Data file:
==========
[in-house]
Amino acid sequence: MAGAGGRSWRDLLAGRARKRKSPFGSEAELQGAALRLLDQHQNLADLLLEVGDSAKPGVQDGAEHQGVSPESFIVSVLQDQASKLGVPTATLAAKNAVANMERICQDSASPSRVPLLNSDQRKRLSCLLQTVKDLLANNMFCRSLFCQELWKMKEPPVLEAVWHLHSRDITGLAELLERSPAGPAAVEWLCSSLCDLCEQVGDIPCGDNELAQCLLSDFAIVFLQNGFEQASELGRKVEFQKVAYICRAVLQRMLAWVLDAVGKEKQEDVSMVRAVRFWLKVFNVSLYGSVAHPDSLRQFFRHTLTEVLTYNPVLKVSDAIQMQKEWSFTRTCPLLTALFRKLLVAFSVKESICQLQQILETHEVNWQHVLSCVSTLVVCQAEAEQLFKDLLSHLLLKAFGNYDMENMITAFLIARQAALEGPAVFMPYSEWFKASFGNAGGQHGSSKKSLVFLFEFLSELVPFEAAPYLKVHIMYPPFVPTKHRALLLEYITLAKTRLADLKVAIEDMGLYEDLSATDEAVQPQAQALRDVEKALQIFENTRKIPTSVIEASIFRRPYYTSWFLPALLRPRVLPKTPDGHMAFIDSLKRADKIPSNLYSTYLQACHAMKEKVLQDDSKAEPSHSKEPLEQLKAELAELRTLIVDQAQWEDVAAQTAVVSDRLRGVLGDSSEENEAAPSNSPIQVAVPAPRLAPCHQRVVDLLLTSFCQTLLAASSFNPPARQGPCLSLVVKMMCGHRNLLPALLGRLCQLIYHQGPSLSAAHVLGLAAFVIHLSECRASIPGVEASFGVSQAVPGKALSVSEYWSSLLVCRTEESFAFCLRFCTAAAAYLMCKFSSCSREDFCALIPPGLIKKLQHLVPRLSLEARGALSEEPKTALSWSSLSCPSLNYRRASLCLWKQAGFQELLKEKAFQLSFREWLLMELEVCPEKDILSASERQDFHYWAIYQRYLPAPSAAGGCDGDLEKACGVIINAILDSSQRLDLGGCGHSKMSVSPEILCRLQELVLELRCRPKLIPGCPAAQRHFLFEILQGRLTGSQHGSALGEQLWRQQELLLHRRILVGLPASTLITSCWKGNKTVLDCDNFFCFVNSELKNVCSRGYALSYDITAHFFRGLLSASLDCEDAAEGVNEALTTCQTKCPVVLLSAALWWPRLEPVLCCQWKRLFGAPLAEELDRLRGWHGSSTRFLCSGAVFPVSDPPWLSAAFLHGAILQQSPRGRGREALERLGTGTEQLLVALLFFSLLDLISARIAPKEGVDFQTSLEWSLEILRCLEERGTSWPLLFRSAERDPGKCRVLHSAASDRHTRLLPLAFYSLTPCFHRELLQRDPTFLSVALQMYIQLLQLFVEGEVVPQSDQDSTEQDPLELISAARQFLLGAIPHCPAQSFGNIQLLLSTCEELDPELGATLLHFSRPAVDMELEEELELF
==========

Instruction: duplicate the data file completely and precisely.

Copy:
[in-house]
Amino acid sequence: MAGAGGRSWRDLLAGRARKRKSPFGSEAELQGAALRLLDQHQNLADLLLEVGDSAKPGVQDGAEHQGVSPESFIVSVLQDQASKLGVPTATLAAKNAVANMERICQDSASPSRVPLLNSDQRKRLSCLLQTVKDLLANNMFCRSLFCQELWKMKEPPVLEAVWHLHSRDITGLAELLERSPAGPAAVEWLCSSLCDLCEQVGDIPCGDNELAQCLLSDFAIVFLQNGFEQASELGRKVEFQKVAYICRAVLQRMLAWVLDAVGKEKQEDVSMVRAVRFWLKVFNVSLYGSVAHPDSLRQFFRHTLTEVLTYNPVLKVSDAIQMQKEWSFTRTCPLLTALFRKLLVAFSVKESICQLQQILETHEVNWQHVLSCVSTLVVCQAEAEQLFKDLLSHLLLKAFGNYDMENMITAFLIARQAALEGPAVFMPYSEWFKASFGNAGGQHGSSKKSLVFLFEFLSELVPFEAAPYLKVHIMYPPFVPTKHRALLLEYITLAKTRLADLKVAIEDMGLYEDLSATDEAVQPQAQALRDVEKALQIFENTRKIPTSVIEASIFRRPYYTSWFLPALLRPRVLPKTPDGHMAFIDSLKRADKIPSNLYSTYLQACHAMKEKVLQDDSKAEPSHSKEPLEQLKAELAELRTLIVDQAQWEDVAAQTAVVSDRLRGVLGDSSEENEAAPSNSPIQVAVPAPRLAPCHQRVVDLLLTSFCQTLLAASSFNPPARQGPCLSLVVKMMCGHRNLLPALLGRLCQLIYHQGPSLSAAHVLGLAAFVIHLSECRASIPGVEASFGVSQAVPGKALSVSEYWSSLLVCRTEESFAFCLRFCTAAAAYLMCKFSSCSREDFCALIPPGLIKKLQHLVPRLSLEARGALSEEPKTALSWSSLSCPSLNYRRASLCLWKQAGFQELLKEKAFQLSFREWLLMELEVCPEKDILSASERQDFHYWAIYQRYLPAPSAAGGCDGDLEKACGVIINAILDSSQRLDLGGCGHSKMSVSPEILCRLQELVLELRCRPKLIPGCPAAQRHFLFEILQGRLTGSQHGSALGEQLWRQQELLLHRRILVGLPASTLITSCWKGNKTVLDCDNFFCFVNSELKNVCSRGYALSYDITAHFFRGLLSASLDCEDAAEGVNEALTTCQTKCPVVLLSAALWWPRLEPVLCCQWKRLFGAPLAEELDRLRGWHGSSTRFLCSGAVFPVSDPPWLSAAFLHGAILQQSPRGRGREALERLGTGTEQLLVALLFFSLLDLISARIAPKEGVDFQTSLEWSLEILRCLEERGTSWPLLFRSAERDPGKCRVLHSAASDRHTRLLPLAFYSLTPCFHRELLQRDPTFLSVALQMYIQLLQLFVEGEVVPQSDQDSTEQDPLELISAARQFLLGAIPHCPAQSFGNIQLLLSTCEELDPELGATLLHFSRPAVDMELEEELELF